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The long haul: Getting vaccines to all children in Pakistan

© UNICEF Pakistan/2004
UNICEF immunization teams reach children in remote areas of Pakistan

ISLAMABAD, Pakistan, 6 December 2004 – In Pakistan’s remote western province of Balochistan, which borders Iran and Afghanistan, children of Balochi nomads are being immunized against polio during UNICEF’s National Immunization Days (NIDs).  Nomadic families are difficult to reach, but UNICEF immunization teams are dedicated to vaccinating every one of the 33 million Pakistani children under the age of five – no matter where they live. 

Getting vaccinations to children in remote areas is just part of the work UNICEF does to ensure all children are immunized against polio. The vaccines are sent a long way via planes, trucks, cars, bicycles and on foot to reach all of the children in need, and to reach them quickly.

“From the ocean to the Himalayan mountains, from the big cities to the most isolated desert settlement, we have the task of getting everything needed for the NIDs there in the right quantities - and never a day too late,” says UNICEF Pakistan Supply Officer Atif Dar.

The immunization campaigns operate under the slogan, ‘Two drops of polio vaccine, Every Child, Every Time’. In 2004 there have been six National Immunization Days (NIDs), plus additional rounds in January and June.  As a result, the supply deadline for delivery had to be met eight times during the year.

This is procurement on a massive scale. An astonishing 258,000,000 doses of the oral polio vaccine (OPV) have been brought into the country for consignment to the National Institutes of Health, at a cost of US $24.5 million.

Vitamin A capsules have also been administered during the polio campaigns. Twenty-six million children received these capsules along with their vaccination. 


© UNICEF Pakistan/2004
Workers unload UNICEF supplies for an immunization campaign

Getting vaccines to the children on time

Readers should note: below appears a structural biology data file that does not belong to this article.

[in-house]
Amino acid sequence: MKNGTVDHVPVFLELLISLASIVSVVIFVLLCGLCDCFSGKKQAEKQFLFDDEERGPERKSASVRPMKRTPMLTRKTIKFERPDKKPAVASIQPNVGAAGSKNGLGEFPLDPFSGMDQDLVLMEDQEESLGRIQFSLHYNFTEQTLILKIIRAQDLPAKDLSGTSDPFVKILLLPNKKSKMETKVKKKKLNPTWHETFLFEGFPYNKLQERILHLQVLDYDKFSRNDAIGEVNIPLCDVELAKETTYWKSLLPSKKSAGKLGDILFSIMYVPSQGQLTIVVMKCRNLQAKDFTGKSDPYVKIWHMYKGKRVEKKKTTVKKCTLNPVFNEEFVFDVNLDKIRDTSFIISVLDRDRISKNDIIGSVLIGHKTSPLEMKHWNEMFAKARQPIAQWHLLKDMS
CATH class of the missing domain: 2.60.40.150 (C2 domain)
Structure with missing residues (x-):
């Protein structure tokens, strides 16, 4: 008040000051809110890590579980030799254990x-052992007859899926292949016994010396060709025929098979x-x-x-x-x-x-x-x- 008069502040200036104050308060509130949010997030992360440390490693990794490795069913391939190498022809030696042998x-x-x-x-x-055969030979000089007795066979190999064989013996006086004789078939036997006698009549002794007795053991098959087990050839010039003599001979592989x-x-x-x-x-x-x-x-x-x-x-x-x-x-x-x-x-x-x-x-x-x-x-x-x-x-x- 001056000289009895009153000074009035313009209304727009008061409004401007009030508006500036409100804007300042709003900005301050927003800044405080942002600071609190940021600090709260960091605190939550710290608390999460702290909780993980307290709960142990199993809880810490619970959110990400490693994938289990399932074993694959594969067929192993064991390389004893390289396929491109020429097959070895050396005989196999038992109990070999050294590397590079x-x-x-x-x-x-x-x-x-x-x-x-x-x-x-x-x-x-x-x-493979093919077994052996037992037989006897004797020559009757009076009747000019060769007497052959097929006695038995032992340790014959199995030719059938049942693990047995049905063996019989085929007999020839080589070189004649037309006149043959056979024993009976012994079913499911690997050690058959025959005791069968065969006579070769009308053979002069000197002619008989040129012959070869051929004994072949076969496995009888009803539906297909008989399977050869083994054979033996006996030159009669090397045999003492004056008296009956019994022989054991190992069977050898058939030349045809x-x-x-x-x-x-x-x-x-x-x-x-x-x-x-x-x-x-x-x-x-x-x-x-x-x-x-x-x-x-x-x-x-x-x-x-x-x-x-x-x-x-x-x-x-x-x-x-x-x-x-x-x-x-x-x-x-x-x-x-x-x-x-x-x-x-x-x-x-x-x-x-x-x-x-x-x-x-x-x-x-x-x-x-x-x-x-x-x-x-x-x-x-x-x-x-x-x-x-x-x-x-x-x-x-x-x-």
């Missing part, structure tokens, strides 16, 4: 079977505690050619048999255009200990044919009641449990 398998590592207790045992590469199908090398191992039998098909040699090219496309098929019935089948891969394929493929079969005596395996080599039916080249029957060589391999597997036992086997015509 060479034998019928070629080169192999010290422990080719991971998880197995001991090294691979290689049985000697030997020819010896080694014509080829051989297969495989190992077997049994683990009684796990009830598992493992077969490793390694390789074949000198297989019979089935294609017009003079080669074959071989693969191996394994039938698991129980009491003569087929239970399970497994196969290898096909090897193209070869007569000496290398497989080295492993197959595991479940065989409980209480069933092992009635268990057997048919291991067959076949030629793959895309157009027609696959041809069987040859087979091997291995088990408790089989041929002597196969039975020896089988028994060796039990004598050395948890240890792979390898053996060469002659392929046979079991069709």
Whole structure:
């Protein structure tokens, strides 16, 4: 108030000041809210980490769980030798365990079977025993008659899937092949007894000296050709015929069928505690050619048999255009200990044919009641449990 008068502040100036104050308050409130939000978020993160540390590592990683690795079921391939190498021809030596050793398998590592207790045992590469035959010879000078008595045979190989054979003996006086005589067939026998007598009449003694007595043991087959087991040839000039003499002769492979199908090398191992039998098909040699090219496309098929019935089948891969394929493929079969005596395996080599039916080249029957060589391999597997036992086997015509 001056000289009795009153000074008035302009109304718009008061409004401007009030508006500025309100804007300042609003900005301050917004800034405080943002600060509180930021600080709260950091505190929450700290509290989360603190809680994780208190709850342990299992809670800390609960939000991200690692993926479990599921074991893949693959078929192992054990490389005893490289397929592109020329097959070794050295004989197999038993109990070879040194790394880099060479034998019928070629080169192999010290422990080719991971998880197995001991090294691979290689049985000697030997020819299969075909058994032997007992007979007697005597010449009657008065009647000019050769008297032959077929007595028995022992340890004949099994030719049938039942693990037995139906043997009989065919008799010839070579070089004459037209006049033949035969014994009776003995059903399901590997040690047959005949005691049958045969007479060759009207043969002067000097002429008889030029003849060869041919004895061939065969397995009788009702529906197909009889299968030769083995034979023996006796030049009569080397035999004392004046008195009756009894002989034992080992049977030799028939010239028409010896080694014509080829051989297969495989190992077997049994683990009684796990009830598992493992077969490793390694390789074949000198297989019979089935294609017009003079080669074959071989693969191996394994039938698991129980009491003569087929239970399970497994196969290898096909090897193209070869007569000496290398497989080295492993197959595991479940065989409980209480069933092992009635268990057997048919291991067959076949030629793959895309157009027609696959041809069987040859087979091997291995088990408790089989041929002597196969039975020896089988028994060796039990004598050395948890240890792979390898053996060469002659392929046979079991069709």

“Such huge quantities of vaccine mean we need to charter a special aircraft,” explains Chief Supply Officer Zahfrul Hannan. “Our vaccine this year has come in from Europe and so may have been on the move for up to 36 hours before reaching Islamabad. In the hold of the plane everything is kept stable, packed in dry ice at optimum temperature - but once the freight is on the ground, keeping the cold chain maintained is crucial if the live oral vaccine’s efficacy is to be preserved.

 “The ideal is for the cartons to be pre-cleared by the customs authorities before arrival, so that there is no delay in on-shipping, even if the plane touches down in the middle of the night.”

Another air journey and then long distance road transport takes the vaccine on to its next destination, a hub city from where trans-shipment to the country’s 120 administrative districts is coordinated. At this point a UNICEF EPI officer (Expanded Programme on Immunization) works alongside the government health officer to monitor movement of the supplies to the ‘tehsil’ (sub-district) level.

Once the cartons are unloaded from the tarpaulin-covered refrigerated truck, many forms of transport come into play, according to the demands of Pakistan’s varied topography, and the resources and ingenuity of the local government-led distribution effort.

On rugged terrain, such as in Balochistan, sturdy jeeps are used by the vaccination team. In the cities a vaccinator can hop on the local bus, take a taxi or a ‘chinchi’, a bicycle rickshaw, to complete his or her allocated round, vaccine carrier casually slung over the shoulder.

Even where there are no marked roads, ways are found to get vaccines to the children. For example, in the high passes in the far north of Pakistan, where flights are often cancelled due to poor weather, the vaccines are distributed on foot. Workers carry the vaccines down narrow mountainside tracks to get to children in the area. Often this means walking rooftop to rooftop to get reach everyone living on the side of precipitious mountain slopes.

Zeba Bukhari is UNICEF’s Chief of Office for Azad Jammu Kashmir, FATA and FANA, possibly Pakistan’s most inaccessible areas. He describes the urgency of vaccine delivery in these areas: “The further distance the vaccine has travelled from the capital, the greater is the effort needed to get it to each individual beneficiary child – and as every hour passes there’s a continual worry whether it’s still at the right temperature.”

The fact that there has been no polio case reported from remote areas in the last few years is a tribute to the perseverance of the vaccination teams against all difficulties. And the concerted national and community effort will soon result in Pakistan being taken off the list of the world’s countries still plagued by polio.




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